Buy-to-let tax changes and how they affect you
Earlier this year the chancellor announced tax changes that will impact buy-to-let investors. Whilst the changes won’t begin to be introduced until 2017, with full implementation by 2020, the new proposals are complex and may impact negatively on your returns from your investment after tax has been paid.
What’s the biggest change?
Your tax will be based on rental income, rather than the remaining profits once the mortgage interest has been paid. A tax credit equivalent to the basic tax rate (currently 20%) will be applied. For some this change will mean that much of their rental income will be significantly reduced due to the increased tax bill.
So what can you do to minimise the impact? Here are our handy tips.
1. Letting agent fees
You will be able to claim the cost of your lettings fees against the monthly rental income.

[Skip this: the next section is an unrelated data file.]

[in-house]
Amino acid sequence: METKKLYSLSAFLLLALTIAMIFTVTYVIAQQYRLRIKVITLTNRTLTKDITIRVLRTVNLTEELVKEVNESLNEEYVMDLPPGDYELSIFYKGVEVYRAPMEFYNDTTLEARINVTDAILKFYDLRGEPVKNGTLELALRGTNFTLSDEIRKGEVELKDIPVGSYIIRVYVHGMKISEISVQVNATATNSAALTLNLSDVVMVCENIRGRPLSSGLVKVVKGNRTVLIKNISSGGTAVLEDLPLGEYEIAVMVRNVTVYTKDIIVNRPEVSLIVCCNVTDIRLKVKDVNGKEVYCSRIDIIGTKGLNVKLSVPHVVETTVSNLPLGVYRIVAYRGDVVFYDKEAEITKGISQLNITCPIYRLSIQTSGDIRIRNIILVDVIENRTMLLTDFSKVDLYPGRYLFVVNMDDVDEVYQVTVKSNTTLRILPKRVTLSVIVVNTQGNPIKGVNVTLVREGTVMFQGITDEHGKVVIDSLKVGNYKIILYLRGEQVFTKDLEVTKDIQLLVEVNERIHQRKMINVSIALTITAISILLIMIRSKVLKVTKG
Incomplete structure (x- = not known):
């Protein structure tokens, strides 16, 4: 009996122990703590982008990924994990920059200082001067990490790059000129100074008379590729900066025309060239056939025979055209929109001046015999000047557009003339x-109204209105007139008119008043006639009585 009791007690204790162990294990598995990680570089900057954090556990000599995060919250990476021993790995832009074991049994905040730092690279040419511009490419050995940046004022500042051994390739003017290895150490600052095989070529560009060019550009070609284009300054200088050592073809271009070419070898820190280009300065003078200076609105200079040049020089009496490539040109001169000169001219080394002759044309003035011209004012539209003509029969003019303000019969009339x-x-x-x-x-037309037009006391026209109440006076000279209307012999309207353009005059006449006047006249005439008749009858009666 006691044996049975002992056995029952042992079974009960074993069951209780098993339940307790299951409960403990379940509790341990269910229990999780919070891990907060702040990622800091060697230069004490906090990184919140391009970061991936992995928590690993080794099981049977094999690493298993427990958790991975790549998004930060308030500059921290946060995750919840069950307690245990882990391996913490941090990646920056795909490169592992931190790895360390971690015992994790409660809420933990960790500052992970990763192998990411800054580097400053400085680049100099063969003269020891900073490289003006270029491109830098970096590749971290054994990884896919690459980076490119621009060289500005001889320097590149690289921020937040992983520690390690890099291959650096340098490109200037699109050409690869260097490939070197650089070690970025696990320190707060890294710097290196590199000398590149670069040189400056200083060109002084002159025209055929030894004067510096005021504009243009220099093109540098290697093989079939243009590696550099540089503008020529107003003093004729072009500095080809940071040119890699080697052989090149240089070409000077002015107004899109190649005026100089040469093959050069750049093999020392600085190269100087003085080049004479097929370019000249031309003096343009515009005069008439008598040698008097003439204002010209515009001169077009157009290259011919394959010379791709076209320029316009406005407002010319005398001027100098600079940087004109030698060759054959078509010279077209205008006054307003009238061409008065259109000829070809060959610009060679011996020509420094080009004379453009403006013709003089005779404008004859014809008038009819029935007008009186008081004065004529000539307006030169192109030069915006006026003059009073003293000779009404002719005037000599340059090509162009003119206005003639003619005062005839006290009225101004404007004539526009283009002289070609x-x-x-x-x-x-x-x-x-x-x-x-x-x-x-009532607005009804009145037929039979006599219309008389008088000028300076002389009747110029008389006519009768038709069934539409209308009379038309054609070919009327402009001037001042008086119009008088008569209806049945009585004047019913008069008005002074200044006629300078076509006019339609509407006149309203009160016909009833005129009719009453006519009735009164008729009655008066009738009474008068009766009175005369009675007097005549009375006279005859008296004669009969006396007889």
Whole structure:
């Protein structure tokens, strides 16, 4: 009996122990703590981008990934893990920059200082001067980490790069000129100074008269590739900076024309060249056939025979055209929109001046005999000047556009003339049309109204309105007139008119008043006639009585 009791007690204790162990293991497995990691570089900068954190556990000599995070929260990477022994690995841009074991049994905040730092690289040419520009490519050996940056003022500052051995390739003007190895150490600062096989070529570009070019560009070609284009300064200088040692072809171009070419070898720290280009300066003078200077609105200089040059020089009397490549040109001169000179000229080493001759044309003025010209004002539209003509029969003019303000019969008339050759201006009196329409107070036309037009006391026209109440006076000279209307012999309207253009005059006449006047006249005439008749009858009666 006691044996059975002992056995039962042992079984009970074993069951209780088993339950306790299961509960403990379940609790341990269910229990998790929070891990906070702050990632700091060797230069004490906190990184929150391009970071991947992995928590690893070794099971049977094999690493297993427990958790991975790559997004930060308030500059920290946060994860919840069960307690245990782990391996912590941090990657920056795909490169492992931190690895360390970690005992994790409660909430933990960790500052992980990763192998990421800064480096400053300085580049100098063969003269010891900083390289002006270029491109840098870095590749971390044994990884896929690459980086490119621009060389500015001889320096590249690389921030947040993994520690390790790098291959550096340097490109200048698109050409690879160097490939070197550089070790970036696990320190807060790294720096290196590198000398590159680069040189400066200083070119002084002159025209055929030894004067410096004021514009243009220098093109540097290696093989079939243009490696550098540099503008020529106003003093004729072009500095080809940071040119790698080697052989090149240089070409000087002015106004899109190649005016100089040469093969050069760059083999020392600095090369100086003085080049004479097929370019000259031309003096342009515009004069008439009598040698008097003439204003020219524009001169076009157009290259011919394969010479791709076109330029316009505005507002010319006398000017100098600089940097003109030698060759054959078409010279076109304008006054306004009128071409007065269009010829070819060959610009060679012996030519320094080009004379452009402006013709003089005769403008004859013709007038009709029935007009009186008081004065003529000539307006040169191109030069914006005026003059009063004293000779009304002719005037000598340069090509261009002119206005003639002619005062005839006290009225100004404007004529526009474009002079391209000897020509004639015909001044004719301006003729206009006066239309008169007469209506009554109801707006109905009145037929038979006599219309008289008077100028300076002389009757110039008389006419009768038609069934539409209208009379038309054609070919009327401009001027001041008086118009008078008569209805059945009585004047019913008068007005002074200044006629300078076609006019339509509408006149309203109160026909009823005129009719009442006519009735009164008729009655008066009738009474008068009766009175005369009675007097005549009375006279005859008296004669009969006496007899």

2. Landlord insurance
The cost of your landlord insurance can also be deducted from your rental income. This could include not just the building, liability and loss of rent cover, but also home emergency, legal expenses and rent guarantee insurance.
If you have had to spend money on keeping your rental property in a good state, then these costs are tax deductible. You can’t claim for renovations, extensions or repairs but you can deduct for things like repairing appliances, white good, painting and decorating.
4. Ground rent and services
If you have to pay service charges, for example if you are in a block of flats, you can claim back on these costs.
5. Bills and council tax
If, for any reason, you are paying the utility bills and/or council tax on the rental property (for example during void periods), then these become claimable expenses.
6. Accountant fees
If you have an accountant who prepares your self-assessment tax return each year, their fees are tax deductible. Remember to keep all of your receipts and proof of payment in case of a query from HMRC.
Want to find out more? Get in touch today with ESPC Lettings for our free, impartial help.